Eagle Farm, Queensland
|Population||0 (2011 census)|
|Location||9 km (6 mi) from Brisbane|
|LGA(s)||City of Brisbane|
Eagle Farm is a largely industrial suburb of Brisbane in Queensland, Australia, situated around six kilometres from the Brisbane central business district. It is the former site of Eagle Farm Airport, Brisbane's main airport until the opening of the Brisbane Airport. Eagle Farm was also the site of the disused Eagle Farm railway station. The locality of Whinstanes is located in Eagle Farm. Eagle Farm is within the industrial development zone known as Australia TradeCoast.
Eagle Farm first appeared as a name in 1839, identifying a cultivation area in convict era Brisbane. In 1829 Captain Patrick Logan, chose this well-watered, fertile site between the Brisbane River and Serpentine Creek to farm mostly maize, pigs and cattle. The origin of the name apparently arose from eagles being observed around the farm. By 1834 women prisoners were working as field labour at Eagle Farm. By 1836 forty female prisoners were housed there, washing and mending clothes, growing vegetables. The site remained a prison for twice convicted female felons until transportation ended in 1839. Conditions for the females at the prison were documented by the Quaker missionary Backhouse in 1836.
In the 1850s, Aborigines set up camps in the Breakfast Creek Eagle Farm area, including groups of the Bribie Island, Ningy-Ningy (Toorbul Point to Redcliffe) and Wide Bay Aborigines who were losing their traditional territory further north.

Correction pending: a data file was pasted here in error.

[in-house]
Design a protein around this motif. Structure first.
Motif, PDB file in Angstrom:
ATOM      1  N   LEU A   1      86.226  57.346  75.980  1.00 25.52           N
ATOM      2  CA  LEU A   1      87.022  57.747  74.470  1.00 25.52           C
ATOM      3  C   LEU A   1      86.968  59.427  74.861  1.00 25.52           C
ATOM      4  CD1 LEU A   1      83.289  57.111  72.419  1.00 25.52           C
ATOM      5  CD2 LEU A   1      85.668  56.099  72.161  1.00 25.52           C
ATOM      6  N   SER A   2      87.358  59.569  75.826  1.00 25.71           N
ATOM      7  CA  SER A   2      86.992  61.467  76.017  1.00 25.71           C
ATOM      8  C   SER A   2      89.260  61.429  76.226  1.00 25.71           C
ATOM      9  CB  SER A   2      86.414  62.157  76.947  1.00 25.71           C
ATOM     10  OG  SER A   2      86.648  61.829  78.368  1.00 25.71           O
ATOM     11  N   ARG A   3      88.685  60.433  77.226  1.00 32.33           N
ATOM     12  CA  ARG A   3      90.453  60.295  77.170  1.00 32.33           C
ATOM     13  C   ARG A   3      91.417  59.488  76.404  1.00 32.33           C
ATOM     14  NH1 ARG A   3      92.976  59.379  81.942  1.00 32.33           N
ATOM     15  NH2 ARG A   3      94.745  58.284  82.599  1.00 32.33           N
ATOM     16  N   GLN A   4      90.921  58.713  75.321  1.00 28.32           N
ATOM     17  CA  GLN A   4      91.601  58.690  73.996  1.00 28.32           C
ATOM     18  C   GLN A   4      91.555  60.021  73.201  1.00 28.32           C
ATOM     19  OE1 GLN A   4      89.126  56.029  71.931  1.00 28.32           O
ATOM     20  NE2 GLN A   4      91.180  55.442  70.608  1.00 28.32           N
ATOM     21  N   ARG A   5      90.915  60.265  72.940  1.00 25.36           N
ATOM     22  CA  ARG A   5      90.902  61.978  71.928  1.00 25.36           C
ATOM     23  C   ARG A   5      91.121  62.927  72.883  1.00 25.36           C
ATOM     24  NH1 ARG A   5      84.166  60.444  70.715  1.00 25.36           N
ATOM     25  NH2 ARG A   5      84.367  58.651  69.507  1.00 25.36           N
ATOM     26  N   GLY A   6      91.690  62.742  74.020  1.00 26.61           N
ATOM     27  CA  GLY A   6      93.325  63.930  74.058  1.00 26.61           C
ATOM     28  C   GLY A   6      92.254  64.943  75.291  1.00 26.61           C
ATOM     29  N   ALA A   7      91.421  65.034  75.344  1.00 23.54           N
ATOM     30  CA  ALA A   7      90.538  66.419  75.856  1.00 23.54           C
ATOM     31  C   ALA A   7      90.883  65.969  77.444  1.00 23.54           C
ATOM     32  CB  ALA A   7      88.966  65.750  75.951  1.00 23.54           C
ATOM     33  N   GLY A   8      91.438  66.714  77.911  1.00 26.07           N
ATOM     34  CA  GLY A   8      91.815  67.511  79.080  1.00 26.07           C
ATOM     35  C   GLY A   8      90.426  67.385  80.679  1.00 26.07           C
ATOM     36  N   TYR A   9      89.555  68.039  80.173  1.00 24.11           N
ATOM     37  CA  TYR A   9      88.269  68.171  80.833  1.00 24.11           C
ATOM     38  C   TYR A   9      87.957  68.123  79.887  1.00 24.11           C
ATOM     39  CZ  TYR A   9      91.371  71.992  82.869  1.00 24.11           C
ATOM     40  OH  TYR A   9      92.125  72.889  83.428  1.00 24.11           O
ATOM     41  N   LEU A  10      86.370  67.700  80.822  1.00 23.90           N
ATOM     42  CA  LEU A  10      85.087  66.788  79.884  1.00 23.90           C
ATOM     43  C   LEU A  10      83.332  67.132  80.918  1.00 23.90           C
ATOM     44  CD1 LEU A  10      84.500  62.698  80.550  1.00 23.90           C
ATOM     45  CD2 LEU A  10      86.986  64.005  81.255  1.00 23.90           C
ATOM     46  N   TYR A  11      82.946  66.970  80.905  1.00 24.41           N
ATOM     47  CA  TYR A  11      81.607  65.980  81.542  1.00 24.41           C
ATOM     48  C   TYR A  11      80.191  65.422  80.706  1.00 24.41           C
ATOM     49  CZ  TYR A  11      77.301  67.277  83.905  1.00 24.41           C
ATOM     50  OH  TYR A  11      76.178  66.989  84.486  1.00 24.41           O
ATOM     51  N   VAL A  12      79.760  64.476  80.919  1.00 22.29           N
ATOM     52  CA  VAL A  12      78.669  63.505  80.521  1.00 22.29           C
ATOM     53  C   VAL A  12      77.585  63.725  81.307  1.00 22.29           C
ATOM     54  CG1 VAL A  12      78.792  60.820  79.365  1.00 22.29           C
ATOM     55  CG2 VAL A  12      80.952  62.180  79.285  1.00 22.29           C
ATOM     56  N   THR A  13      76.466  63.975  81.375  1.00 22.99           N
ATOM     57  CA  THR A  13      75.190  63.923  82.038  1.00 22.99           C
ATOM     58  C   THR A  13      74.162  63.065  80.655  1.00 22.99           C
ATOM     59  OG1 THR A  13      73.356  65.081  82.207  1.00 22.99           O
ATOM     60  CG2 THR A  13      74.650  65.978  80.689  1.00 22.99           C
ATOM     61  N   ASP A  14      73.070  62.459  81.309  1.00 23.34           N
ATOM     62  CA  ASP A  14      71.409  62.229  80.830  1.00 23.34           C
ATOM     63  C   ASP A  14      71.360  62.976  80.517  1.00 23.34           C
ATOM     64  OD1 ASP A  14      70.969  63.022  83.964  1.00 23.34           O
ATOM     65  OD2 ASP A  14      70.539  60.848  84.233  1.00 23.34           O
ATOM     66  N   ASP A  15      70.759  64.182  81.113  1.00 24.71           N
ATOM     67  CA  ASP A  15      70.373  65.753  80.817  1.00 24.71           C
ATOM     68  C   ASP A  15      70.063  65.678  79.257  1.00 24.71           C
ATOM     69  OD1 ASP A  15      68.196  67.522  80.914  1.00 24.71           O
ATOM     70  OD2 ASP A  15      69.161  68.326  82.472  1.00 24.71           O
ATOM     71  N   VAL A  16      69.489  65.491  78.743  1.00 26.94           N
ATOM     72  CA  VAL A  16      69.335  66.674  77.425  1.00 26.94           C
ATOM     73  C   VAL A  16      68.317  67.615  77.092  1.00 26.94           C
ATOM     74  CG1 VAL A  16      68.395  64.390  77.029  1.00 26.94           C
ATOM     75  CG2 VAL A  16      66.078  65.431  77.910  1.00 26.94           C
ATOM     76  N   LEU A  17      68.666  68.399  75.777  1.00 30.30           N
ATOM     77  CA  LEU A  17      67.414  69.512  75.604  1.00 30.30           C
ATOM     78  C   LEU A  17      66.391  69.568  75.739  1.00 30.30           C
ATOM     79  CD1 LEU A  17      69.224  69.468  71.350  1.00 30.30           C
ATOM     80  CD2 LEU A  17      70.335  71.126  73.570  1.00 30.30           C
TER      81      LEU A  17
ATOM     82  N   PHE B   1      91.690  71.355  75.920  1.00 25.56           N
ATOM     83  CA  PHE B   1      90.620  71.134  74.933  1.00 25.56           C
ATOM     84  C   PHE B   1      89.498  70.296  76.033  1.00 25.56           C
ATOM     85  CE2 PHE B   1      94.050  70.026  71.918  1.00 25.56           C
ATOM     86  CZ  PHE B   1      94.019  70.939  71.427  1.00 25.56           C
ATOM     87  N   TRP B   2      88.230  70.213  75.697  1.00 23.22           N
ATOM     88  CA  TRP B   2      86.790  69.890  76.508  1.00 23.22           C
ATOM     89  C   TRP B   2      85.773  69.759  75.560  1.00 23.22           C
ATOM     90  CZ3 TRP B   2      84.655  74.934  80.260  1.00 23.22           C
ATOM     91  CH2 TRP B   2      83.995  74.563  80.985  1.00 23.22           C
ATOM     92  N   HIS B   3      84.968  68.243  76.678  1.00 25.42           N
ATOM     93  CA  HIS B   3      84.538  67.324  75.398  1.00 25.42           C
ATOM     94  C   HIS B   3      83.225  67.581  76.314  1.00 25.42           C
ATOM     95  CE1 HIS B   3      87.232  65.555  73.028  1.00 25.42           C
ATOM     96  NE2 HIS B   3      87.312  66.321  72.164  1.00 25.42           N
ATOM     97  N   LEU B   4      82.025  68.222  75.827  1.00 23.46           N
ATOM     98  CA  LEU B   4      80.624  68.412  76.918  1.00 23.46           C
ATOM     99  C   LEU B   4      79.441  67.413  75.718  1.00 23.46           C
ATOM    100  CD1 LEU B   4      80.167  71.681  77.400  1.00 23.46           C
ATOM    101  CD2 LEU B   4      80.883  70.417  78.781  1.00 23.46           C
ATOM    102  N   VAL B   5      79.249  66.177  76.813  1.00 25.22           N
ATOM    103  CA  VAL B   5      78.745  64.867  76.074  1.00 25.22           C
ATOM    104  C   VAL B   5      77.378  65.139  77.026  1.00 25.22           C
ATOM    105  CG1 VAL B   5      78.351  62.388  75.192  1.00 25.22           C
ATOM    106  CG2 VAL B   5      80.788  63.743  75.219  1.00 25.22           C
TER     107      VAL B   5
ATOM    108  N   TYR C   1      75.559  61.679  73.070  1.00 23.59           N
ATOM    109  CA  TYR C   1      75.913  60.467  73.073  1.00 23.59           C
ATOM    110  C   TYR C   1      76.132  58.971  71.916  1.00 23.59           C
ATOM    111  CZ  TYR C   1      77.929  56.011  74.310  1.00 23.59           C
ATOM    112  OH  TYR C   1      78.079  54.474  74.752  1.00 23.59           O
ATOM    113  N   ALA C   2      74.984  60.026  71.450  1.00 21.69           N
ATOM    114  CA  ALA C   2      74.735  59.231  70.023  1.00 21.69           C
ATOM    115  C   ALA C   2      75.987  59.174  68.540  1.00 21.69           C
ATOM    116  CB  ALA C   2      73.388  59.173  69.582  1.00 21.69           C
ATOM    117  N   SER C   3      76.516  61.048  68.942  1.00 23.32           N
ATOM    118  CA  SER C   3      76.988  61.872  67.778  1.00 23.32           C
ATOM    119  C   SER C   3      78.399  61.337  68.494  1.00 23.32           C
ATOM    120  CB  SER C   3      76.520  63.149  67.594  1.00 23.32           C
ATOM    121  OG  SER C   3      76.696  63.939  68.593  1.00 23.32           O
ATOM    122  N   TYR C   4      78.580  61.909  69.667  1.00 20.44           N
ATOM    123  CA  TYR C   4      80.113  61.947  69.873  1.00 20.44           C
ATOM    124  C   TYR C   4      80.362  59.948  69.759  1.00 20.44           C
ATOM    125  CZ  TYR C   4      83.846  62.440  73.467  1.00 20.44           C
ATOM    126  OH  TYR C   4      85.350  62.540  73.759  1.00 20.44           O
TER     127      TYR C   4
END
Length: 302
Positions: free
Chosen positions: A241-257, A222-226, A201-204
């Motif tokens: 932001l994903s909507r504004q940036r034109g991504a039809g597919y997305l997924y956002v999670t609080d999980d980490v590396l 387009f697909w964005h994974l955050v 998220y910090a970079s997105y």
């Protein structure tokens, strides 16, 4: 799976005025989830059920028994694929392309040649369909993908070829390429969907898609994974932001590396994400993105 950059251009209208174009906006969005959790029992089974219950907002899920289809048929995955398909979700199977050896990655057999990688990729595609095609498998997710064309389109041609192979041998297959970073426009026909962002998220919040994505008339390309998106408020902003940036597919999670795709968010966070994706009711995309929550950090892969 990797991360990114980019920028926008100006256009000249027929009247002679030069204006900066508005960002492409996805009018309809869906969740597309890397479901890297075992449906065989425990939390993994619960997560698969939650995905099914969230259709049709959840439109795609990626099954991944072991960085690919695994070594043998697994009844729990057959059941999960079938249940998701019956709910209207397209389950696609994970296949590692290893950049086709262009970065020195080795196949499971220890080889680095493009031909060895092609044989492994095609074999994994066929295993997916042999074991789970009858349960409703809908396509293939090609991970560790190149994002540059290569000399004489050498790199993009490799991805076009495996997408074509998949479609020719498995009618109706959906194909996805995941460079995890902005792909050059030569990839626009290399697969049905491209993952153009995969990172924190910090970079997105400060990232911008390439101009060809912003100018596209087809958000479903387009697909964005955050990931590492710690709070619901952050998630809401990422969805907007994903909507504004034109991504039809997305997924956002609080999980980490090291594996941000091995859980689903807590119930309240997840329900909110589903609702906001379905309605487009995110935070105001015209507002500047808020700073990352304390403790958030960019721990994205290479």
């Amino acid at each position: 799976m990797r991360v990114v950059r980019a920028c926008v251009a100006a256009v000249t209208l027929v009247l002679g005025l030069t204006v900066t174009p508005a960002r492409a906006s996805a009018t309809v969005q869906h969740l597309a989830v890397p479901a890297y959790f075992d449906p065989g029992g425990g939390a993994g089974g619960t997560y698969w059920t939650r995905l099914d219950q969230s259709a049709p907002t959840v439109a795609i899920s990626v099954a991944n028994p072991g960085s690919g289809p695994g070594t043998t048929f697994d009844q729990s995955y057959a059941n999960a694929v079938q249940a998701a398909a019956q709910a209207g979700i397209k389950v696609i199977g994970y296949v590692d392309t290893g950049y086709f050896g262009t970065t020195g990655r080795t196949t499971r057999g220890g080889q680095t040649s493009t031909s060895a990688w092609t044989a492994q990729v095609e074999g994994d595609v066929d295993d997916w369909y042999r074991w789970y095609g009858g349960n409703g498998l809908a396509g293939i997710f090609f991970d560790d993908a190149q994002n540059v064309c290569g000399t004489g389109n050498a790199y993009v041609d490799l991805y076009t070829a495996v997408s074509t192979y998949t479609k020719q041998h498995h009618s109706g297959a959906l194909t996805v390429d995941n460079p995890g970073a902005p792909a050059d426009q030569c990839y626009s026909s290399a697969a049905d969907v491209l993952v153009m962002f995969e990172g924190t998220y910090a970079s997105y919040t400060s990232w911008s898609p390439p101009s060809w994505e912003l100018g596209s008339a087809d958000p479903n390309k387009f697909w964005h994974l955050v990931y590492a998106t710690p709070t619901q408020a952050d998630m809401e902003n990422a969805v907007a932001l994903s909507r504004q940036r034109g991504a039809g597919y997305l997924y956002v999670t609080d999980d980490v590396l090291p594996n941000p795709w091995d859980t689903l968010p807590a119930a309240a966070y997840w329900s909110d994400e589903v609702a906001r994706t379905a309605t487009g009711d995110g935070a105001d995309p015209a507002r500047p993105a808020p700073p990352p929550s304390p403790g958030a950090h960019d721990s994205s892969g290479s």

Allison Engine Testing Stands
The Allison Engine testing stands site is part of Brisbane's Trade Coast Central at the old Brisbane airport site in the suburb of Eagle Farm, where new and rebuilt World War II Allison V-12 in-line liquid cooled aero engines were tested in the open air prior to fitting into reassembled WW2 aircraft, notably the P38-Lightning, Curtis Kittyhawk and Bell Airacobra. The masonry sections of the remains, being buildings and dividers between the engine testing bays, are largely intact. The engines were refurbished in the General Motors Holden (GMH) Breakfast Creek facility. Many of the workers in the GMH facility were women.
Eagle Farm has a number of heritage-listed sites, including:
- the Allison Engine Testing Stands 
- the Eagle Farm Women's Prison and Factory Site
- the Second World War Hangar No. 7
- Australian Bureau of Statistics (31 October 2012). "Eagle Farm (State Suburb)". 2011 Census QuickStats. Retrieved 25 October 2013.
- Queensland Places
- Fisher, Rod. "From depredation to degradation in Brisbane: The Aboriginal presence 1824–1860", Brisbane History Group, 1992
- Hangar 7, Eagle Farm Aviation Society
- Marks, Roger. "Allison Engine Plant Breakfast Creek", Book 18, Brisbane – WW2 v Now, 2006
- "Allison Testing Stands (former) (entry 17144)". Queensland Heritage Register. Queensland Heritage Council. Retrieved 2013-06-19.
- "Eagle Farm Women's Prison and Factory Site (entry 14961)". Queensland Heritage Register. Queensland Heritage Council. Retrieved 2013-06-19.
- "Second World War Hangar No. 7 (entry 15782)". Queensland Heritage Register. Queensland Heritage Council. Retrieved 2013-06-19.
- "Royal Queensland Golf Club". Royal Queensland Golf Club. Retrieved 22 May 2014.
|Wikimedia Commons has media related to Eagle Farm, Queensland.|
- "Eagle Farm". BRISbites. Brisbane City Council. Archived from the original on 20 July 2008.
- "Eagle Farm". Our Brisbane. Brisbane City Council. Archived from the original on 12 February 2008.
- Queensland Turf Club